Husband, Wife Plead In Family Theft
After having been granted several continuances to find counsel and failing to appear in court recently for call of the criminal trial list, a husband and wife from the Warfordsburg area stood before the Fulton County Court of Common Pleas last week for entry of a plea.
Forty-eight-year-old William “Craig” Carnell, 49, and 51-yearold Melissa “Missi” Carnell, of 5809 Pleasant Grove Road, appeared before Judge Richard J. Walsh on October 18 to address charges filed earlier this year in the alleged theft of $250,000 from two family members under their care.
The thefts, reports indicate, occurred between late 2005 and early 2008. Coincidentally, the Carnells became powers of attorney for the two immediate family members in 2006. Victims in the case included Craig’s mother, Margaret “Peggy” Carnell, and brother John Carnell.
Peggy Carnell suffered a stroke in January 2008 and became even more removed from overseeing her finances, said an affidavit of probable cause filed in the casey by Special Agent R. Kirby Conrad of the state attorney general’s office. John Carnell is deaf, speech impaired and requires the use of a wheelchair as he suffers from cerebral palsy and is in the early stages of Alzheimer’s disease.
Appearing again without the services of a defense attorney, Craig Carnell entered a plea of “nolo contendre” or no contest to two counts of theft by unlawful taking and one count of criminal conspiracy to commit theft by unlawful taking. Meanwhile, Missi entered a no-contest plea to two counts of theft by unlawful taking and one count each of criminal conspiracy to commit theft and theft by failure to make required disposition of funds received.
According to reports, agent Conrad’s office was alerted to possible criminal activity by Fulton County District Attorney Travis Kendall. Family members and representatives of the Area Agency on Aging reportedly expressed their suspicions to the district attorney that as caregivers Craig and Missi were “misappropriating” financial resources belonging to Peggy and John.
At the time of the thefts, John resided with his mother at what was referred to as the Carnell homestead. Using money belonging to their elderly mother, two acres located adjacent to family property were allegedly pur- Craig and Missi using Peggy’s money. A double-wide mobile home was also bought and placed on the two acres, where Peggy and her disabled son would temporarily reside until the trailer was repossessed and sold due to nonpayment, charging documents maintain. Agent Conrad further stipulated in the affidavit, “ ... By January 2008 Peggy was left with virtually no assets in banks, a $120,000 mortgage on a home that she no longer occupied and more than $43,000 in credit-card debt.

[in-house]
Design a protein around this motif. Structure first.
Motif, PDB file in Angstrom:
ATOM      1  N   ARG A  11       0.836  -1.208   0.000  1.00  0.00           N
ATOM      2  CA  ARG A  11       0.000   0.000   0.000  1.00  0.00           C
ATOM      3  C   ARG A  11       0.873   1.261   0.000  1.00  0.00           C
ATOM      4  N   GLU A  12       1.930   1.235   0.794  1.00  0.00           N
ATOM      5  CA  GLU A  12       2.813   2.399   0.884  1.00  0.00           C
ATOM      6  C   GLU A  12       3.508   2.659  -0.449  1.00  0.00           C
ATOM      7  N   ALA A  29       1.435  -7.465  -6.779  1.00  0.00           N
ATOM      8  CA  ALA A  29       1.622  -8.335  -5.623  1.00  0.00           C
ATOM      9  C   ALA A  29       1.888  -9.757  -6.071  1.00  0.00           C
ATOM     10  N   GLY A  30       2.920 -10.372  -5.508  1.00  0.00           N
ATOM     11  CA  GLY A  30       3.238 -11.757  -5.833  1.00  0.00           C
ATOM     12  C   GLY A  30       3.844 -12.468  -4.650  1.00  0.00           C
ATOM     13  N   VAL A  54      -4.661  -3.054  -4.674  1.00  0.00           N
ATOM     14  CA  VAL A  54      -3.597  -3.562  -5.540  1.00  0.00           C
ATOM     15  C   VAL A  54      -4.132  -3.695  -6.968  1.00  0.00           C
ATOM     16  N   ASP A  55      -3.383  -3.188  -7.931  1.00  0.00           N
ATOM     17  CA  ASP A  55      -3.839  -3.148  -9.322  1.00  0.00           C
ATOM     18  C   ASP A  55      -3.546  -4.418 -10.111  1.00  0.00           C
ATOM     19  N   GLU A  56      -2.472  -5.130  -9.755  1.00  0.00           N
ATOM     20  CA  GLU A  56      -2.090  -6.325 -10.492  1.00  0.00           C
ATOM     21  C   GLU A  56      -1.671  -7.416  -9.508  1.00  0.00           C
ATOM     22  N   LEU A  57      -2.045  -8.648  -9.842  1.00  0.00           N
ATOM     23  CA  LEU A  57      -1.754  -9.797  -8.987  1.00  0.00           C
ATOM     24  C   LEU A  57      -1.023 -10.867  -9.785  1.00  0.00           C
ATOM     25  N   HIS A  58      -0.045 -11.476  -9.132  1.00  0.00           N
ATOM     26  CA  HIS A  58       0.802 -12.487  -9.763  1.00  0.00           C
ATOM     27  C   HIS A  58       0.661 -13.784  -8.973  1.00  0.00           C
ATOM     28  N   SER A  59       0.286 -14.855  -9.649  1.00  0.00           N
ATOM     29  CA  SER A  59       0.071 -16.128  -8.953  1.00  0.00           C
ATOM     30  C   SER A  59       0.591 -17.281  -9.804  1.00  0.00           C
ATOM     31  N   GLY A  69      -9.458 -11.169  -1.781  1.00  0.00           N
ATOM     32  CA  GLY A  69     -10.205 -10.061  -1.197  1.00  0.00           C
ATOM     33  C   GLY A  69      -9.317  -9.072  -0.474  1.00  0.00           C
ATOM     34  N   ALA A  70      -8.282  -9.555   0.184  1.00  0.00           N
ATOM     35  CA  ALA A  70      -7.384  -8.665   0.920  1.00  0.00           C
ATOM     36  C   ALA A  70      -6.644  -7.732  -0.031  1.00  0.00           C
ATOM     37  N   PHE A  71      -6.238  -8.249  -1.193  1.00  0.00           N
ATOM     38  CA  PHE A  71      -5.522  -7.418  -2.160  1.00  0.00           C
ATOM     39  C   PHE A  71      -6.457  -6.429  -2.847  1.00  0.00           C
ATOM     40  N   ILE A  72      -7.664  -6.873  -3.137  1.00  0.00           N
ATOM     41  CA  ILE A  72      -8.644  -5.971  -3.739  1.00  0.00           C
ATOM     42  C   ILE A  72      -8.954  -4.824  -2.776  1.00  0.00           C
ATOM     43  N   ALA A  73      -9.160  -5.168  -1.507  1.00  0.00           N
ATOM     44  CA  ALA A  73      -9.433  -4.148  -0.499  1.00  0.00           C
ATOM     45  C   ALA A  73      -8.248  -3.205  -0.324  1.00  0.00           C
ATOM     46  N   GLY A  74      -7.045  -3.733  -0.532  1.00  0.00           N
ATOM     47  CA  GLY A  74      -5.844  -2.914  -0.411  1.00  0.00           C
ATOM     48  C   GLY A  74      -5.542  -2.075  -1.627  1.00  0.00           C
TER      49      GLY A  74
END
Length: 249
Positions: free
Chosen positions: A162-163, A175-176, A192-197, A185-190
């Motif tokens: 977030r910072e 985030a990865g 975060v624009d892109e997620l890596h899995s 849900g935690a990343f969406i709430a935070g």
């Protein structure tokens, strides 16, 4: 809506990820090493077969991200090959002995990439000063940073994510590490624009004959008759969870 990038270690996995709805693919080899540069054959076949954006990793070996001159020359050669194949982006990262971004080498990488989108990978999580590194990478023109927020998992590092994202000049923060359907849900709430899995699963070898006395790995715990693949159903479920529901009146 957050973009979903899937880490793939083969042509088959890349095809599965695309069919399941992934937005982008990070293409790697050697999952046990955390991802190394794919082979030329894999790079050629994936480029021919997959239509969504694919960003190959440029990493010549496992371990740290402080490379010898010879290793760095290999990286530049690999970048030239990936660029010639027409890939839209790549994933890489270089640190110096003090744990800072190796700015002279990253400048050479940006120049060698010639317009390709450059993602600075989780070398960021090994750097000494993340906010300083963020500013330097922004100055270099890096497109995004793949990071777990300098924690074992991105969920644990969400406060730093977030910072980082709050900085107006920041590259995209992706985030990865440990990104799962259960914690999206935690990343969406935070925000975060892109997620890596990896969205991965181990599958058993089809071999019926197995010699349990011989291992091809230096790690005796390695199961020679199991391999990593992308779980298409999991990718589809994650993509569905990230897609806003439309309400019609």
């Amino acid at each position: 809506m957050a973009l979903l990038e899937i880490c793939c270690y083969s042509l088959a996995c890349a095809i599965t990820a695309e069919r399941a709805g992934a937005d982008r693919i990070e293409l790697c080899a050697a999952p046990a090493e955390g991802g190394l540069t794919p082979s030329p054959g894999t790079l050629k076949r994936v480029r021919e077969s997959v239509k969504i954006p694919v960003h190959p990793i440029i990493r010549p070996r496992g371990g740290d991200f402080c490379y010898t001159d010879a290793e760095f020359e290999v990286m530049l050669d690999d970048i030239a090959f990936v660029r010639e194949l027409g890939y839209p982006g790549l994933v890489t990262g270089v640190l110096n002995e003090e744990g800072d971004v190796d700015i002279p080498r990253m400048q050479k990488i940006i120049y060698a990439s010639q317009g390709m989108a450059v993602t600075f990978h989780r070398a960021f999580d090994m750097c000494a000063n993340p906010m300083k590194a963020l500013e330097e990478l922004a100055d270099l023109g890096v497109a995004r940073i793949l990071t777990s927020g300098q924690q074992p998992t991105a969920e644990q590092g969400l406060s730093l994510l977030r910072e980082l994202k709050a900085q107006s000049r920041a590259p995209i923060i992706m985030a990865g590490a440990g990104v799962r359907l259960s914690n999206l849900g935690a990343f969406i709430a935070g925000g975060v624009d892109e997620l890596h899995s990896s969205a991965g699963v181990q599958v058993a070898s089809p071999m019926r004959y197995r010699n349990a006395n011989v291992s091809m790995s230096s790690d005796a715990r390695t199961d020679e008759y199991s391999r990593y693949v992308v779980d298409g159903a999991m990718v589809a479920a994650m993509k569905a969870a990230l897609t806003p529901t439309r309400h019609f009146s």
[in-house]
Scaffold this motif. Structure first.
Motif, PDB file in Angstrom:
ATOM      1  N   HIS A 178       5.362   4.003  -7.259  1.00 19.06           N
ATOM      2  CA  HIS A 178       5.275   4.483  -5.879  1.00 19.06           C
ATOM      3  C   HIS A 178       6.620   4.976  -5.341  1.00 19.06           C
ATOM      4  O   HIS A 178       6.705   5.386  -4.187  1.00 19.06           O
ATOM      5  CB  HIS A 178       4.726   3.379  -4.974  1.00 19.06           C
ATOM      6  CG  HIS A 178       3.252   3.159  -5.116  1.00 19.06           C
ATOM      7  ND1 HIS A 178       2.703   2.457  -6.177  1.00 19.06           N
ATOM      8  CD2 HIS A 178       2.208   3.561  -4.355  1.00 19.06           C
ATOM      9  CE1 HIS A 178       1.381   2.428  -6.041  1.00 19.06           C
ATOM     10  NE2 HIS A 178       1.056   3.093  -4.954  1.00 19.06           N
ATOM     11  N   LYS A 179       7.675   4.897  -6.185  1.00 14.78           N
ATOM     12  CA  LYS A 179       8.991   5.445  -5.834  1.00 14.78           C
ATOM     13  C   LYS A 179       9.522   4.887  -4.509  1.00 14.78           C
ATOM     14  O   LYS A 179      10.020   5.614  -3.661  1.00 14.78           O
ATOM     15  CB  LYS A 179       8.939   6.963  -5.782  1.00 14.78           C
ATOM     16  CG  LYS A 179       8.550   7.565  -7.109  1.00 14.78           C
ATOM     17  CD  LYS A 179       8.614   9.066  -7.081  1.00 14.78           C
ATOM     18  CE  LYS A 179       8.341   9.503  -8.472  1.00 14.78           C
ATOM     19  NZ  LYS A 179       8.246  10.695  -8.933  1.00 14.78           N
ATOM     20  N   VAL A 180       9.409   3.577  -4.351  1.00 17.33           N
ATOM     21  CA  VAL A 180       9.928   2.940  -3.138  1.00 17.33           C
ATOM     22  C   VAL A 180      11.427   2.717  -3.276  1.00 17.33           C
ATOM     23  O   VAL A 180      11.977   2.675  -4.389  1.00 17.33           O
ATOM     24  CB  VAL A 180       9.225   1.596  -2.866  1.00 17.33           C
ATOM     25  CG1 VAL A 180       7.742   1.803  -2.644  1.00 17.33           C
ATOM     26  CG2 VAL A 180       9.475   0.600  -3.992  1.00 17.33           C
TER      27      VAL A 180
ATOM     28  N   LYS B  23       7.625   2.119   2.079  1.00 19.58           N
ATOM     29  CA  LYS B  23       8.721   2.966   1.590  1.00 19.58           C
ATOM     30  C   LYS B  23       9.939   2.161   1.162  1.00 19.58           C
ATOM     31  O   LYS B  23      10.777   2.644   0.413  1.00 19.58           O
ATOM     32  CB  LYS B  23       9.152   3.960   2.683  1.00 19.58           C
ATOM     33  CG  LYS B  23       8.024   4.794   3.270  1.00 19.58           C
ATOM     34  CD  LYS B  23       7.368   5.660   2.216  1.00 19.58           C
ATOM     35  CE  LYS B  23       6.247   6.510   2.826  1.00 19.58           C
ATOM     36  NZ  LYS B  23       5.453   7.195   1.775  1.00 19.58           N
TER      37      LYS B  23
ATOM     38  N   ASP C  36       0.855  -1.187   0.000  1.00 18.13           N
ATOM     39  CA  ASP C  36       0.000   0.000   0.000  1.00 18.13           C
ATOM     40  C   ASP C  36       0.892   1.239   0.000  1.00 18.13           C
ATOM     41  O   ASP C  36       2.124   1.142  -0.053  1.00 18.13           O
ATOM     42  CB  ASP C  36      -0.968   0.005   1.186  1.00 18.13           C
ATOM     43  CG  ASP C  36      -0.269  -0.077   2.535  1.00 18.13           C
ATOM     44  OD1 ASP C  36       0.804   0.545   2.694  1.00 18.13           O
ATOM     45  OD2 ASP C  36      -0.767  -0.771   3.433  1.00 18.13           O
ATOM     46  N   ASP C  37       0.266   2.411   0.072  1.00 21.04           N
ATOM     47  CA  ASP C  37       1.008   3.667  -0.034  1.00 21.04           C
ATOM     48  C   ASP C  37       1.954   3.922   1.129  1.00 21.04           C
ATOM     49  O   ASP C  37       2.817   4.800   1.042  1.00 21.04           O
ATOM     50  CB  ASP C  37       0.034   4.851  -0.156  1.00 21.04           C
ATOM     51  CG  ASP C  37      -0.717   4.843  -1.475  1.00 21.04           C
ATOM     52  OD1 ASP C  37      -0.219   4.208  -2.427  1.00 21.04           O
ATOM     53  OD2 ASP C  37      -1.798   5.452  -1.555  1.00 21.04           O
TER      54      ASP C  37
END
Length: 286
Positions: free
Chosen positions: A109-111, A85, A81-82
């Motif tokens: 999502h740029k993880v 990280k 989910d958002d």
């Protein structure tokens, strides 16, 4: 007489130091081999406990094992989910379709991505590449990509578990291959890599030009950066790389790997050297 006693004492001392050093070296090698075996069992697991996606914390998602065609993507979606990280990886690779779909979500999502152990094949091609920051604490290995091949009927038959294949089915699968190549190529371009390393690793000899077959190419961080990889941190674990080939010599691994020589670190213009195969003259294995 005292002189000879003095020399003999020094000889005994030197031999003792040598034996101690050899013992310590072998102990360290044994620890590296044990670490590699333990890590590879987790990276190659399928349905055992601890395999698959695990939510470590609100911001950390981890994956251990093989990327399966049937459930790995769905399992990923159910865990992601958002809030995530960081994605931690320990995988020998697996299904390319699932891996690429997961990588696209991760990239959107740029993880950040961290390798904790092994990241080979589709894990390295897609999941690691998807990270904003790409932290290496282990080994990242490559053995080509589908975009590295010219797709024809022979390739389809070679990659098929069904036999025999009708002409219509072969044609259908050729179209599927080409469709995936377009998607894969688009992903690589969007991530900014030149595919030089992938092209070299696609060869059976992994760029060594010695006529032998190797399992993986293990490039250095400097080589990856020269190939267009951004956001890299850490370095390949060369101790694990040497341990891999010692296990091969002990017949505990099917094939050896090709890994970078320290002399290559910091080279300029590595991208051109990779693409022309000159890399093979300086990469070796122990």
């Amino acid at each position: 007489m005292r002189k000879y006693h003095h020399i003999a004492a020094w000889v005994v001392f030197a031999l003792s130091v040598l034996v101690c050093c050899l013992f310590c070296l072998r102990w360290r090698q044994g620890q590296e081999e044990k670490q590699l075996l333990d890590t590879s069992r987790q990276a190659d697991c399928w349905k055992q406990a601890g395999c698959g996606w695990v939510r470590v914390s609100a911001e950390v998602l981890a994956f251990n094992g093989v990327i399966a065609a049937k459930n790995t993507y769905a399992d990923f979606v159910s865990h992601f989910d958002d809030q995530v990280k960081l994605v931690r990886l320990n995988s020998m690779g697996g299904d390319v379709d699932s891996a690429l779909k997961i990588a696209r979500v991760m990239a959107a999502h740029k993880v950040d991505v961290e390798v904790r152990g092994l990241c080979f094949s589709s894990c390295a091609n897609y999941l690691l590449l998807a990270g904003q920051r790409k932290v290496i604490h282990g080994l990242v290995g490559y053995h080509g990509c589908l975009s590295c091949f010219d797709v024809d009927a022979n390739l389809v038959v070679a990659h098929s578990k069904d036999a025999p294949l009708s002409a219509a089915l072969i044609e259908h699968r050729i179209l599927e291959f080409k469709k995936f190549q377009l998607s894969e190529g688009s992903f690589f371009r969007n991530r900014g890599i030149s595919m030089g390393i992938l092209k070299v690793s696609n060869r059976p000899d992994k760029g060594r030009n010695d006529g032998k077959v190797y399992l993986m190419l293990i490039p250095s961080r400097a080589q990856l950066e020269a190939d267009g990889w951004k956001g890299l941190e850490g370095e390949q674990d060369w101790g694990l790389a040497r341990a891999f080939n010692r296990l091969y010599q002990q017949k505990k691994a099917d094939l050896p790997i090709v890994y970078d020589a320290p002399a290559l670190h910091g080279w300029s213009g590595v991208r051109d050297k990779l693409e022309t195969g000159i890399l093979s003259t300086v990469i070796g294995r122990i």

In speaking with family members, friends, local bank tellers and Area Agency on Aging (AAA) representatives, Conrad learned Peggy and her husband William were financially stable, did not use or possess credit cards and only purchased an item if they had cash on hand. Even after her husband’s passing, Peggy and John should have had suffi- cient money to live out the remainder of their days, stated the special agent.
An analysis completed on Peggy’s bank accounts as well as bank accounts belonging to Missi and Craig’s bank revealed Peggy appeared to be going through her available funds at an alarming rate, while her caregivers’ accounts went from a negative ending balance to figures over $100,000.
“In total, Missi and Craig withdrew $167,572.06 out of their checking account in 2006 while having less than $40,000 of income from Craig’s construction job and his workman’s compensation payment,” said the affidavit.
In addition, a certified fraud examiner with the attorney general’s office “found evidence that Missi and Craig misappropriated approximately $228,000 of Peggy and John’s funds for the period December 27, 2005, through January 2008. The $228,000 was comprised of $110,000 in proceeds from a mortgage; $19,952 in Social Security (SSI) disability checks made out to John; $14,940.95 from the proceeds of a redeemed CD owned by Peggy; approximately $55,000 in credit-card charges; and $28,456.48 withdrawn from Peggy’s savings account.”
At the time of the Carnells’ arrest in late March 2011, Peggy and John were residing in West Virginia with Peggy’s granddaughter, who eventually became court-appointed guardian for Peggy and power of attorney for John. The AAA was serving as court-appointed guardian for the Peggy Carnell Estate.
According to the affidavit, the granddaughter told the attorney general’s office that when Peggy and John arrived at her home they were in “poor physical condition, and their toenails were growing down over their toes ... John was overweight, had high blood pressure and had urine irritations on him because he used to have to urinate in a trash can.”
A handicapped accessible bathroom with a special-order shower/tub was to be constructed for John in the double wide trailer he previously shared with his mother. The construction was to be covered by funding through the United Cerebral Palsy Association of the Southern Alleghenies region, the granddaughter reported. The bathroom was never completed after the shower / tub company was unable to make payment arrangements with Missi, the granddaughter concluded.
Sentencing in the case has been set for November 29.